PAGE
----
"Terminator is a direct assault on farmers & indigenous cultures & on food sovereignty. It threatens the well-being of all rural people, primarily the very poorest."
Rafael Alegría, Via Campesina.

One way in which seed companies compete is through development of new crop strains via the wonder of genetic engineering. This is done at considerable expense, meaning these corporations are keen to capitalise on & protect their inventions from what they consider piracy. The result is normally patenting of genetic property. Unfortunately, these same safeguards are seen as a threat to traditional farming practices around the world. In some countries, growers are struggling to protect traditional crop strains from contamination by modified varieties. Such producers face the prospect of losing locally-adapted & sometimes culturally-significant varieties but that is not all. There are also legal ramifications as corporations habitually prosecute in quest of profits from cross-pollinated crops. [1]

It is not all one way traffic though, as growers are learning to fight back. For example, an important battle currently being fought is the case brought against two companies - Monsanto & Bayer - by a collection of organic farmers called the Saskatchewan Organic Directorate. In the words of the SOD ...

"The court case on behalf of all certified organic farmers in Saskatchewan began in 2002 & was instrumental in bringing public attention to the liability issues surrounding GMO contamination. The organic farmers sought an injunction to prevent the introduction of GMO wheat. Monsanto withdrew its plans to introduce Roundup Ready wheat in 2004. The farmers continued their action to seek redress for losses due to the virtual elimination of organic canola as a crop due to widespread contamination of seed stock, as well as for losses due to unwanted GMO canola plants contaminating organic fields."

The question of who is responsible for cross-pollination is a critical one. In the words of the Rural Advancement Foundation - USA, "GMOs are a legal minefield for both growers & their neighbors". Nonetheless, compared to producers in poor countries, the Saskatchewan farmers have a good chance of seeing a favourable outcome. In other cases, unwitting growers have been ruined by the legal consequences of cross-pollination. [2]

As controversial as patenting, is the fact that some corporations do not intend to rely on it. During the 1990s, the U.S. Department of Agriculture (USDA) combined forces with the Delta & Pine Land Co. to commence development of Genetic Use Restriction Technology (GURT). Some readers would know of Terminator Technology or "suicide" seeds. These seeds - genetically prevented from germinating after one generation - represent one form of GURT. Varietal or v-GURT provides automatic protection for seed corporations but there are fears that it also presents a danger to the way of life of millions of people. [2]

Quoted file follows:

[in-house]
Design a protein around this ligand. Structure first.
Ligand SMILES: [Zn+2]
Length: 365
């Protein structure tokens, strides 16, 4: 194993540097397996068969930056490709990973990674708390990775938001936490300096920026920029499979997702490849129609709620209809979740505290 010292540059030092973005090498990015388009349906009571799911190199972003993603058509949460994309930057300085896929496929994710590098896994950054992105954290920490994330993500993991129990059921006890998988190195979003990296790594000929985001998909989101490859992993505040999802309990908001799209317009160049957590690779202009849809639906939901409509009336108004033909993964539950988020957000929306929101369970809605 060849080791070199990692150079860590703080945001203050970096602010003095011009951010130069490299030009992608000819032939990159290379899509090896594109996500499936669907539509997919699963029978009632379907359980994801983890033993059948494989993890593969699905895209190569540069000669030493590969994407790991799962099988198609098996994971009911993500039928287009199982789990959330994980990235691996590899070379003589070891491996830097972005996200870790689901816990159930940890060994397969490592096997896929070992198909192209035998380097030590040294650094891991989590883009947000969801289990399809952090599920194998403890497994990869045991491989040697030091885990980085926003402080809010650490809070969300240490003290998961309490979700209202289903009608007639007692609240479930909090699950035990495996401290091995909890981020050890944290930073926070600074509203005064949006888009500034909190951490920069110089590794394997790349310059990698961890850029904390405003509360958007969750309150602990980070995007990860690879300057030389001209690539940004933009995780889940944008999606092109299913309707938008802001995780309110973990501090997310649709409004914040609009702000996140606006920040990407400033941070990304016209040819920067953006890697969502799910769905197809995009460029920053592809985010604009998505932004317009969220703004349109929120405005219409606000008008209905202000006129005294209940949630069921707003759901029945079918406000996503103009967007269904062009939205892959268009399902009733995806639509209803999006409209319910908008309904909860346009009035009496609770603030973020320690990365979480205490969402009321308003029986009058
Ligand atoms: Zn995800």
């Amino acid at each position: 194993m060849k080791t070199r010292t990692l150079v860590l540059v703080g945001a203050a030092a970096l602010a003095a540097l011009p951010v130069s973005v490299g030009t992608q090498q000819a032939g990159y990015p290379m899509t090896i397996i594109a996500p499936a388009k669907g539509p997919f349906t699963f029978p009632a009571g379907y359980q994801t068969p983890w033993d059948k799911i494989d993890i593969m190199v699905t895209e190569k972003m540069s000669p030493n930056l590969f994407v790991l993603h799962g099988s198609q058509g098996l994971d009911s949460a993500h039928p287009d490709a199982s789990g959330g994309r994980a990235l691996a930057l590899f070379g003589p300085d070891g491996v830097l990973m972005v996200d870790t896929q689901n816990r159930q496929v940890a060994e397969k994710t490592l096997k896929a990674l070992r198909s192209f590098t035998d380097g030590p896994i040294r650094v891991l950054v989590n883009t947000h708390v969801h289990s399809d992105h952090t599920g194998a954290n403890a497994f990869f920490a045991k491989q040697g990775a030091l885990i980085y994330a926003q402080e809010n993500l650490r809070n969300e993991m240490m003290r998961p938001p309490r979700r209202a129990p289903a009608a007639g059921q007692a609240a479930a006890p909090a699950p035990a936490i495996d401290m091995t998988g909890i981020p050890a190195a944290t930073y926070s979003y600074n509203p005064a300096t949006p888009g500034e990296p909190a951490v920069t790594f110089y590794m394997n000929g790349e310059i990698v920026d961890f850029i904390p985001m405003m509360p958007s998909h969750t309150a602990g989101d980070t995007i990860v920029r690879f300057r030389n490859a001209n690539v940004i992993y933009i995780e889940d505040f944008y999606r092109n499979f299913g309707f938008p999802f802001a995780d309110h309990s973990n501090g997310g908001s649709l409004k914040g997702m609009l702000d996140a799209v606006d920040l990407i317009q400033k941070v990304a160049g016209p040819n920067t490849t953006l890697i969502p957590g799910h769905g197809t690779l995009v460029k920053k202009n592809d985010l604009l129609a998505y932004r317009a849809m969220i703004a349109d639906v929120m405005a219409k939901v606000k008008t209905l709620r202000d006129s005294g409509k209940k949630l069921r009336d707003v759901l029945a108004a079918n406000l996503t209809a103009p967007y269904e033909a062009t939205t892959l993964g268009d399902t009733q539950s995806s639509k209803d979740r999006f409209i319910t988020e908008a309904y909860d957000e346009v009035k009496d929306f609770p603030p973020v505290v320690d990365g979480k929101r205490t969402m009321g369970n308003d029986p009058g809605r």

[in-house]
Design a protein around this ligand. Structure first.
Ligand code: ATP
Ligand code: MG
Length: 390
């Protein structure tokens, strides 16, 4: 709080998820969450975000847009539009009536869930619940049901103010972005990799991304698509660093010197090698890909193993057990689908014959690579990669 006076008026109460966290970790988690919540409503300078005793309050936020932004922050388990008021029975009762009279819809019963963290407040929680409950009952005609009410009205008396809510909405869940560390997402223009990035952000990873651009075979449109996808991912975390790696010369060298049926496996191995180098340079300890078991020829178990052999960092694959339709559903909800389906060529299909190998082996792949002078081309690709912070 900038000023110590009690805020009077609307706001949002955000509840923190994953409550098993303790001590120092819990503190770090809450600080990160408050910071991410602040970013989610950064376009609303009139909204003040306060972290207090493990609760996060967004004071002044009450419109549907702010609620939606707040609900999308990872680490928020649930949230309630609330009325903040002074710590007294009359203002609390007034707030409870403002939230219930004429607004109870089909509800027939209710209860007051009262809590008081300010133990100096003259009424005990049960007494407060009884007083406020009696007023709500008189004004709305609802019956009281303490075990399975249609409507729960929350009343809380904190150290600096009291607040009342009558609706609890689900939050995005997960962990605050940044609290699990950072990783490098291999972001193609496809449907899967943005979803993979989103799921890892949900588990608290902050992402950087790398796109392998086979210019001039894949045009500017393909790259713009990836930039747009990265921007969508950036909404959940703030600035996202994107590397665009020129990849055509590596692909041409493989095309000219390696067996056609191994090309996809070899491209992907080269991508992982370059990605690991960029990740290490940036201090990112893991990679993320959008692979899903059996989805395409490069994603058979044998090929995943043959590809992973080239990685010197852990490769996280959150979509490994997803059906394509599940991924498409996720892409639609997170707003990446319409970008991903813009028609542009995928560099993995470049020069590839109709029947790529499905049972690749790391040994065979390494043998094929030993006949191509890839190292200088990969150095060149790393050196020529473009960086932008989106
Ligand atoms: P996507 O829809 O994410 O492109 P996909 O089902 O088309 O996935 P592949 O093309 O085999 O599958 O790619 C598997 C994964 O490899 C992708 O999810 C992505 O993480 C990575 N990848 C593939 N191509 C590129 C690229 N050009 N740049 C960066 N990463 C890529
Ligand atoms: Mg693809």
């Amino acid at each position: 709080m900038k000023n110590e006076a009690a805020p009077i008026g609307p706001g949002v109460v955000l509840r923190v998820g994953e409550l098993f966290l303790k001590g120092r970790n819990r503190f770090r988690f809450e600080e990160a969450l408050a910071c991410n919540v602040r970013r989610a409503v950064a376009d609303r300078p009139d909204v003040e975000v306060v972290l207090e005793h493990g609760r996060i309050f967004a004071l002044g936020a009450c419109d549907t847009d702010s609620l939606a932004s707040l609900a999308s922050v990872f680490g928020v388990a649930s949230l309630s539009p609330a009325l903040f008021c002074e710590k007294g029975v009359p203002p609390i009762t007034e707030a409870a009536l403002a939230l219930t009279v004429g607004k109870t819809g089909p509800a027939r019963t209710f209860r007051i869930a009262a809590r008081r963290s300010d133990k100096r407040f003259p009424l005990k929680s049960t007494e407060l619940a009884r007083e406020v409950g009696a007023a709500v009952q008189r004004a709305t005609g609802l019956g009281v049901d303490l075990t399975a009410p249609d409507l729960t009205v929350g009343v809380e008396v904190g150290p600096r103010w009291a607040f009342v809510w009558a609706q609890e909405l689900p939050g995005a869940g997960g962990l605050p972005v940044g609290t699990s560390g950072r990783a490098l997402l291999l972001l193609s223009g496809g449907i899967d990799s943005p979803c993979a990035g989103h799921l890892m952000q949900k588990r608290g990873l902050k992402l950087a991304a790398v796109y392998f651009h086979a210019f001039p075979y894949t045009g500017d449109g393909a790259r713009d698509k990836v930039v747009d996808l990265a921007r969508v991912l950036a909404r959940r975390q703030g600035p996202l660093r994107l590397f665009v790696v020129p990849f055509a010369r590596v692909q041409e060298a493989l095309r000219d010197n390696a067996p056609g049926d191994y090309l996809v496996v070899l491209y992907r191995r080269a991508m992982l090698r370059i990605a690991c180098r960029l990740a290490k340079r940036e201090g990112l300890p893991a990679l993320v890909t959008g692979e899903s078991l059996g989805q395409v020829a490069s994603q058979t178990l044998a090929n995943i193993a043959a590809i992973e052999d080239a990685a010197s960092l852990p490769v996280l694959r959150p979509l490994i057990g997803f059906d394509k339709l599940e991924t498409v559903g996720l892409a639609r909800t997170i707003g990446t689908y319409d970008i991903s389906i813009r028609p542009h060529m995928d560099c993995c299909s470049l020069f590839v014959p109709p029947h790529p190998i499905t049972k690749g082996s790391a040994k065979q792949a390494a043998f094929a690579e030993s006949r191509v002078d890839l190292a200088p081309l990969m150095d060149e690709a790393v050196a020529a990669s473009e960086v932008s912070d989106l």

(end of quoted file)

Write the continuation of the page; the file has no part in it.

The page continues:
There are conceptually two types of GURT.

  1. v-GURT.
    This type of GURT produces sterile seeds meaning that a farmer that had purchased seeds containing v-GURT technology could not save the seed from this crop for future planting. This would not have an immediate impact on the large number of farmers who use hybrid seeds, as they do not produce their own planting seeds, & instead buy specialized hybrid seeds from seed production companies. The technology is restricted at the plant variety level - hence the term v-GURT. Manufacturers of genetically enhanced crops would use this technology to protect their products from unauthorised use.
  2. t-GURT.
    A second type of GURT modifies a crop in such a way that the genetic enhancement engineered into the crop does not function until the crop plant is treated with a chemical that is sold by the biotechnology company. Farmers can save seeds for use each year. However, they do not get to use the enhanced trait in the crop unless they purchase the activator compound. The technology is restricted at the trait level - hence the term t-GURT.

The potential impact of cross-pollination with a suicide crop has provoked considerable opposition to Terminator Technology. Brazil & India have already passed laws banning it & Canada is on the way. The United Nations passed a five year moratorium on the development of GURT, which it re-affirmed in 2006. Additionally, numerous government & non-government organisations, scientific bodies & indigenous representatives have acted against v-GURT to the extent that in 2001, Monsanto - the current owner of patents on terminator technology - announced that it would not be commercialising it. Nonetheless, the vigil remains as away from the public-eye the push for v-GURT introduction continues. Notably, the Australian government supported it until 2006 when public opposition resulted in a retreat from attempts to undermine the UN moratorium. [3] [4]

The future of GURT remains to be seen but outside seed corporations & the US government, there is little support for it. As a potential threat to bio-diversity, suicide seeds are a particularly worrying prosposition. This does not mean the arguments in favour of GURT should be entirely discounted or that we cannot discriminate between v & t-GURT. Somewhere hopefully, we will find a balance between the rights of corporations on one side & both, the traditional rights of people & the diversity of nature, on the other.

Find Out More:


  1. Food & Agriculture Organisation of the United Nations - Potential Impact of GURTs (sic)
  2. Convention on Biological Diversity
  3. Legal Restraint of GURT
  4. Canadian Food Inspection Agency